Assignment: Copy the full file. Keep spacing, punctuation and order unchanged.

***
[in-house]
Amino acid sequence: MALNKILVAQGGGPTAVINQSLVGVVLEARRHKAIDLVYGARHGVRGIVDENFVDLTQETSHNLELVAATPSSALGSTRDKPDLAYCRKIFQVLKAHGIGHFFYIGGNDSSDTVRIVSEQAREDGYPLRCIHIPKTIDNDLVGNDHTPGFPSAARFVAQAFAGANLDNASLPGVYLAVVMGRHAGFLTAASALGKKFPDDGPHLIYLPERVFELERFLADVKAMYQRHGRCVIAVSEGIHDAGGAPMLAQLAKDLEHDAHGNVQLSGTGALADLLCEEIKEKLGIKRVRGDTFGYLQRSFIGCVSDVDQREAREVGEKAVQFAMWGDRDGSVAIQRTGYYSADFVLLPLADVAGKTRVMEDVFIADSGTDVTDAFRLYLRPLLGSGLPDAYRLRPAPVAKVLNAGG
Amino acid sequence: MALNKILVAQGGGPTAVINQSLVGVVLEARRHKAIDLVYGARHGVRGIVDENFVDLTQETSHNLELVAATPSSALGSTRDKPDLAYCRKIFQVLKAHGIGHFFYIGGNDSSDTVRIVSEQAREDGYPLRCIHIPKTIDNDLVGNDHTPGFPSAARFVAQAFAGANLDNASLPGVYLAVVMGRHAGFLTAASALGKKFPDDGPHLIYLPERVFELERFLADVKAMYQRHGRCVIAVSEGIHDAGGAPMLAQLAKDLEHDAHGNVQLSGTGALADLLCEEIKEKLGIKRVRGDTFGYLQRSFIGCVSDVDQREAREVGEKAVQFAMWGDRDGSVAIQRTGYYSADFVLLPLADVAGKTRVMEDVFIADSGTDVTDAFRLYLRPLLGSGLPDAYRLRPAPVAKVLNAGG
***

[in-house]
Amino acid sequence: MALNKILVAQGGGPTAVINQSLVGVVLEARRHKAIDLVYGARHGVRGIVDENFVDLTQETSHNLELVAATPSSALGSTRDKPDLAYCRKIFQVLKAHGIGHFFYIGGNDSSDTVRIVSEQAREDGYPLRCIHIPKTIDNDLVGNDHTPGFPSAARFVAQAFAGANLDNASLPGVYLAVVMGRHAGFLTAASALGKKFPDDGPHLIYLPERVFELERFLADVKAMYQRHGRCVIAVSEGIHDAGGAPMLAQLAKDLEHDAHGNVQLSGTGALADLLCEEIKEKLGIKRVRGDTFGYLQRSFIGCVSDVDQREAREVGEKAVQFAMWGDRDGSVAIQRTGYYSADFVLLPLADVAGKTRVMEDVFIADSGTDVTDAFRLYLRPLLGSGLPDAYRLRPAPVAKVLNAGG
Amino acid sequence: MALNKILVAQGGGPTAVINQSLVGVVLEARRHKAIDLVYGARHGVRGIVDENFVDLTQETSHNLELVAATPSSALGSTRDKPDLAYCRKIFQVLKAHGIGHFFYIGGNDSSDTVRIVSEQAREDGYPLRCIHIPKTIDNDLVGNDHTPGFPSAARFVAQAFAGANLDNASLPGVYLAVVMGRHAGFLTAASALGKKFPDDGPHLIYLPERVFELERFLADVKAMYQRHGRCVIAVSEGIHDAGGAPMLAQLAKDLEHDAHGNVQLSGTGALADLLCEEIKEKLGIKRVRGDTFGYLQRSFIGCVSDVDQREAREVGEKAVQFAMWGDRDGSVAIQRTGYYSADFVLLPLADVAGKTRVMEDVFIADSGTDVTDAFRLYLRPLLGSGLPDAYRLRPAPVAKVLNAGG